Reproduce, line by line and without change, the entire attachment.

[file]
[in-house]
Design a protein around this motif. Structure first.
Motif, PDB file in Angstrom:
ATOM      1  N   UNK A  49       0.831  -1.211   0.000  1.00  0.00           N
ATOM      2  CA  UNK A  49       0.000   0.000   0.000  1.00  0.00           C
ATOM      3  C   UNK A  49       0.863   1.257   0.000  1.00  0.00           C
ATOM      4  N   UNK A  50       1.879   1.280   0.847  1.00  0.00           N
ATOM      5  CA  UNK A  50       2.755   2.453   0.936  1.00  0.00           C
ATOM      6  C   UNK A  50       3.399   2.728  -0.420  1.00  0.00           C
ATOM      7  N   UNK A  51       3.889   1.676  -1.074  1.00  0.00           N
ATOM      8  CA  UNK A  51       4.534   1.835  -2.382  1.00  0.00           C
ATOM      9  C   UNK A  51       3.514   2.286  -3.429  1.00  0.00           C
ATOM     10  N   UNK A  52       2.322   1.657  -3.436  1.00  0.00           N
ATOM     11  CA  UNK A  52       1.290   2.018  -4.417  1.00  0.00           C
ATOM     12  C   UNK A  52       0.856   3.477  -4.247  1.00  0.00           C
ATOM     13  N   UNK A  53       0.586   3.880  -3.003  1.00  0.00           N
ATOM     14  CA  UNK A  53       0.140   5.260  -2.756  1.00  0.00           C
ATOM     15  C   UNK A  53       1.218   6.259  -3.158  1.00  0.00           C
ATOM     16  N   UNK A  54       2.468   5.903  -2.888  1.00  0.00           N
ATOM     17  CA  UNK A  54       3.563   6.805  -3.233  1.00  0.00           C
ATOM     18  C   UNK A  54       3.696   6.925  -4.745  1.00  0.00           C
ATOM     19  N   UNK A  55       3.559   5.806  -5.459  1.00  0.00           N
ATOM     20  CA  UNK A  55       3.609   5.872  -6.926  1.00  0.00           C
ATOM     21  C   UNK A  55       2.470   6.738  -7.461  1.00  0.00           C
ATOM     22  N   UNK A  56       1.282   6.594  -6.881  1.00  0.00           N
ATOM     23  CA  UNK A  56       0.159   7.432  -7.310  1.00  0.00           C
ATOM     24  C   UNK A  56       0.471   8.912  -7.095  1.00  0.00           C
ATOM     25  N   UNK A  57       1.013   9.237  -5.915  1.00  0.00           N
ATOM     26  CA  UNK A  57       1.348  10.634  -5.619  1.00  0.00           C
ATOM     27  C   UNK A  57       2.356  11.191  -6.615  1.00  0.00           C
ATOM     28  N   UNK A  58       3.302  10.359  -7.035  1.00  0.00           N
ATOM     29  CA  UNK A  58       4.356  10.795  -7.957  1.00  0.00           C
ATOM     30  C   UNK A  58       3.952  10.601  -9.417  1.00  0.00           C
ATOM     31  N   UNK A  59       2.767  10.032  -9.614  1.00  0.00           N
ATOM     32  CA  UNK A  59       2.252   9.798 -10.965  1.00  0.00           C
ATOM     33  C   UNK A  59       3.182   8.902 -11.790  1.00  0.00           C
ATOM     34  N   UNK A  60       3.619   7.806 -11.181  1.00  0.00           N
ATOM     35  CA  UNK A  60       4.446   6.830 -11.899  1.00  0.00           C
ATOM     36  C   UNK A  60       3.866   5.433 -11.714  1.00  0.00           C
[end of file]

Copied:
[in-house]
Design a protein around this motif. Structure first.
Motif, PDB file in Angstrom:
ATOM      1  N   UNK A  49       0.831  -1.211   0.000  1.00  0.00           N
ATOM      2  CA  UNK A  49       0.000   0.000   0.000  1.00  0.00           C
ATOM      3  C   UNK A  49       0.863   1.257   0.000  1.00  0.00           C
ATOM      4  N   UNK A  50       1.879   1.280   0.847  1.00  0.00           N
ATOM      5  CA  UNK A  50       2.755   2.453   0.936  1.00  0.00           C
ATOM      6  C   UNK A  50       3.399   2.728  -0.420  1.00  0.00           C
ATOM      7  N   UNK A  51       3.889   1.676  -1.074  1.00  0.00           N
ATOM      8  CA  UNK A  51       4.534   1.835  -2.382  1.00  0.00           C
ATOM      9  C   UNK A  51       3.514   2.286  -3.429  1.00  0.00           C
ATOM     10  N   UNK A  52       2.322   1.657  -3.436  1.00  0.00           N
ATOM     11  CA  UNK A  52       1.290   2.018  -4.417  1.00  0.00           C
ATOM     12  C   UNK A  52       0.856   3.477  -4.247  1.00  0.00           C
ATOM     13  N   UNK A  53       0.586   3.880  -3.003  1.00  0.00           N
ATOM     14  CA  UNK A  53       0.140   5.260  -2.756  1.00  0.00           C
ATOM     15  C   UNK A  53       1.218   6.259  -3.158  1.00  0.00           C
ATOM     16  N   UNK A  54       2.468   5.903  -2.888  1.00  0.00           N
ATOM     17  CA  UNK A  54       3.563   6.805  -3.233  1.00  0.00           C
ATOM     18  C   UNK A  54       3.696   6.925  -4.745  1.00  0.00           C
ATOM     19  N   UNK A  55       3.559   5.806  -5.459  1.00  0.00           N
ATOM     20  CA  UNK A  55       3.609   5.872  -6.926  1.00  0.00           C
ATOM     21  C   UNK A  55       2.470   6.738  -7.461  1.00  0.00           C
ATOM     22  N   UNK A  56       1.282   6.594  -6.881  1.00  0.00           N
ATOM     23  CA  UNK A  56       0.159   7.432  -7.310  1.00  0.00           C
ATOM     24  C   UNK A  56       0.471   8.912  -7.095  1.00  0.00           C
ATOM     25  N   UNK A  57       1.013   9.237  -5.915  1.00  0.00           N
ATOM     26  CA  UNK A  57       1.348  10.634  -5.619  1.00  0.00           C
ATOM     27  C   UNK A  57       2.356  11.191  -6.615  1.00  0.00           C
ATOM     28  N   UNK A  58       3.302  10.359  -7.035  1.00  0.00           N
ATOM     29  CA  UNK A  58       4.356  10.795  -7.957  1.00  0.00           C
ATOM     30  C   UNK A  58       3.952  10.601  -9.417  1.00  0.00           C
ATOM     31  N   UNK A  59       2.767  10.032  -9.614  1.00  0.00           N
ATOM     32  CA  UNK A  59       2.252   9.798 -10.965  1.00  0.00           C
ATOM     33  C   UNK A  59       3.182   8.902 -11.790  1.00  0.00           C
ATOM     34  N   UNK A  60       3.619   7.806 -11.181  1.00  0.00           N
ATOM     35  CA  UNK A  60       4.446   6.830 -11.899  1.00  0.00           C
ATOM     36  C   UNK A  60       3.866   5.433 -11.714  1.00  0.00           C